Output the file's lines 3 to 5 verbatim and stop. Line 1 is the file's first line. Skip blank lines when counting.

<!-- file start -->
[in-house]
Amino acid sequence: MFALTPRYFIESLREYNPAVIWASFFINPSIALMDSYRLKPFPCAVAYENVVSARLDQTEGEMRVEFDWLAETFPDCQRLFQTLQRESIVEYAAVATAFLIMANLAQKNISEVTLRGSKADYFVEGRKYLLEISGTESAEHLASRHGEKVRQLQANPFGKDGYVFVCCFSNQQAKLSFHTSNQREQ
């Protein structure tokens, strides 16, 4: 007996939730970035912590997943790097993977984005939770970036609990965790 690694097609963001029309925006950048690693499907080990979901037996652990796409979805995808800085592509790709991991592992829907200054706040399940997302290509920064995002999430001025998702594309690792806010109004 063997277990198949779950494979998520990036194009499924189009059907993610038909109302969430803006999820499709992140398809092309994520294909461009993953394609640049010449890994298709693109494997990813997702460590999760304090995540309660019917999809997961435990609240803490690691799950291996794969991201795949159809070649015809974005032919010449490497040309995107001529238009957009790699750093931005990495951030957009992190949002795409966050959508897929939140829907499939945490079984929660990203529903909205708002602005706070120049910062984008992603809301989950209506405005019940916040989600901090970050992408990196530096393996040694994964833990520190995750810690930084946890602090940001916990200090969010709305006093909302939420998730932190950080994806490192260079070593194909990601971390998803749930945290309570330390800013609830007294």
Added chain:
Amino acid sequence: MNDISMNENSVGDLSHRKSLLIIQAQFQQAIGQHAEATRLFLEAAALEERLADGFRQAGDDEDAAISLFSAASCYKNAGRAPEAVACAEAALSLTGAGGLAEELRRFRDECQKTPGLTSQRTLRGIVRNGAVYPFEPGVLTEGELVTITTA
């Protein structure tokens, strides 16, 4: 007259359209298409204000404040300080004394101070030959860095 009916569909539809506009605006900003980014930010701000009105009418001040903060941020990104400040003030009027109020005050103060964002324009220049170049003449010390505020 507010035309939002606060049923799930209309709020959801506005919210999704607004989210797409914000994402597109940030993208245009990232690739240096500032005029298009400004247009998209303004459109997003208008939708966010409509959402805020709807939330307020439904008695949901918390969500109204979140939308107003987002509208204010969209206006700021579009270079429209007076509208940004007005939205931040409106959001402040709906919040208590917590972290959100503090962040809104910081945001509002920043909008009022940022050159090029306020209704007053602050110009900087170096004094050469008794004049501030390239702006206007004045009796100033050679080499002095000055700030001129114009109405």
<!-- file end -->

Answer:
């Protein structure tokens, strides 16, 4: 007996939730970035912590997943790097993977984005939770970036609990965790 690694097609963001029309925006950048690693499907080990979901037996652990796409979805995808800085592509790709991991592992829907200054706040399940997302290509920064995002999430001025998702594309690792806010109004 063997277990198949779950494979998520990036194009499924189009059907993610038909109302969430803006999820499709992140398809092309994520294909461009993953394609640049010449890994298709693109494997990813997702460590999760304090995540309660019917999809997961435990609240803490690691799950291996794969991201795949159809070649015809974005032919010449490497040309995107001529238009957009790699750093931005990495951030957009992190949002795409966050959508897929939140829907499939945490079984929660990203529903909205708002602005706070120049910062984008992603809301989950209506405005019940916040989600901090970050992408990196530096393996040694994964833990520190995750810690930084946890602090940001916990200090969010709305006093909302939420998730932190950080994806490192260079070593194909990601971390998803749930945290309570330390800013609830007294």
Added chain:
Amino acid sequence: MNDISMNENSVGDLSHRKSLLIIQAQFQQAIGQHAEATRLFLEAAALEERLADGFRQAGDDEDAAISLFSAASCYKNAGRAPEAVACAEAALSLTGAGGLAEELRRFRDECQKTPGLTSQRTLRGIVRNGAVYPFEPGVLTEGELVTITTA